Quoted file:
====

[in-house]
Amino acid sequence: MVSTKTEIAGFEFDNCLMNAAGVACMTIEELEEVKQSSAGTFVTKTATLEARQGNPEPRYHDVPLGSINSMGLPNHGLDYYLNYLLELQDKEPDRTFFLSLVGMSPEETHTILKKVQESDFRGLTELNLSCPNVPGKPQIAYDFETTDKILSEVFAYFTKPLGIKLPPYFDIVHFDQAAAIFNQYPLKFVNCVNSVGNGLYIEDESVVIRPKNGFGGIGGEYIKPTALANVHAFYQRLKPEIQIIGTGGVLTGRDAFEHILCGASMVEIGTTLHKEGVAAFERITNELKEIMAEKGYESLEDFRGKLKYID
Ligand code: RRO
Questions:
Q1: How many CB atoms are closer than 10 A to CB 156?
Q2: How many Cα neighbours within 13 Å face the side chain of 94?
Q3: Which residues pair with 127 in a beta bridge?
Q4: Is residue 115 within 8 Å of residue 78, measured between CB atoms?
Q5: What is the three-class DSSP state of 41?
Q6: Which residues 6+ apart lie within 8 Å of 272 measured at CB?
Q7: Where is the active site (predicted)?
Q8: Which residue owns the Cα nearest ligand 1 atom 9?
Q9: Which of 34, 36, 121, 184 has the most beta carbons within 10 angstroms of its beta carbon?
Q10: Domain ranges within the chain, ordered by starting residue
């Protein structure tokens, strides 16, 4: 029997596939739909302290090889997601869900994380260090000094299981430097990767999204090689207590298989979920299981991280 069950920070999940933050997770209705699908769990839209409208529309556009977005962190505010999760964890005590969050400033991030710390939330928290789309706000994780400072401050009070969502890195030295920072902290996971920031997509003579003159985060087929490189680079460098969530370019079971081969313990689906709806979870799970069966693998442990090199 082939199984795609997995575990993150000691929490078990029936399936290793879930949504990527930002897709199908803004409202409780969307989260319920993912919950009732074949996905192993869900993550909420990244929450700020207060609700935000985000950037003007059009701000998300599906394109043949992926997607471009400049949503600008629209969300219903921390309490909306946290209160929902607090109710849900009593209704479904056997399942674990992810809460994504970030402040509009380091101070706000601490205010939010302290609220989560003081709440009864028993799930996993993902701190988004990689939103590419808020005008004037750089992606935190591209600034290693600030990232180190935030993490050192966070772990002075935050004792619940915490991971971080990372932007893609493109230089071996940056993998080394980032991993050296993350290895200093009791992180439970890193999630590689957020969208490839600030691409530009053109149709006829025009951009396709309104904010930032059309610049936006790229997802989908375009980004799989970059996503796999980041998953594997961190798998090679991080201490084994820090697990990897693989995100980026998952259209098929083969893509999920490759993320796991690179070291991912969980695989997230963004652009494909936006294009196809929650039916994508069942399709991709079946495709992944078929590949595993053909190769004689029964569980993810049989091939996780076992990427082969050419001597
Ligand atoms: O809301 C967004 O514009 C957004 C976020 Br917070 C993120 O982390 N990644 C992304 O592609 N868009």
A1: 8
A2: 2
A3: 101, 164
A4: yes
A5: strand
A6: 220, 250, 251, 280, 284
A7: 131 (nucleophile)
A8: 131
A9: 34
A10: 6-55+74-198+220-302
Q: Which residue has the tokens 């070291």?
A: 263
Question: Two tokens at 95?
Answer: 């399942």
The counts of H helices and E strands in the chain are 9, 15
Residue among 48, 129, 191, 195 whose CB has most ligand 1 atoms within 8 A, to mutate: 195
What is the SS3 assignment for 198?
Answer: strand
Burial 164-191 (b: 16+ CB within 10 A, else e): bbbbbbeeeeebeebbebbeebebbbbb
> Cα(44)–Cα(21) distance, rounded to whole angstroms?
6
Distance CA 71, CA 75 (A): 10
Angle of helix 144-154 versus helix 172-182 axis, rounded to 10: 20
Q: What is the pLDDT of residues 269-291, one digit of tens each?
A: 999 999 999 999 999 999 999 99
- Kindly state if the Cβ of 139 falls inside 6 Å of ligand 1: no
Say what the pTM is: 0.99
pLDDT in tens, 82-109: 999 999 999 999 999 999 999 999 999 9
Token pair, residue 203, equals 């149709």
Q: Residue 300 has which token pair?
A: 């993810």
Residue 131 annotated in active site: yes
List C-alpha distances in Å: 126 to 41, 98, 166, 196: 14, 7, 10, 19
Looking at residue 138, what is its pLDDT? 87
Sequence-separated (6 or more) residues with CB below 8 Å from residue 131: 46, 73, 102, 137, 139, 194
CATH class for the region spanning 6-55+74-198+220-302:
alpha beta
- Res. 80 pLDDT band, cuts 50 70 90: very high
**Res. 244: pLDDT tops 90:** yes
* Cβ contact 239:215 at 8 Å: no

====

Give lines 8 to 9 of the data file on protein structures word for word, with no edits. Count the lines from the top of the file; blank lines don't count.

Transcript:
Q4: Is residue 115 within 8 Å of residue 78, measured between CB atoms?
Q5: What is the three-class DSSP state of 41?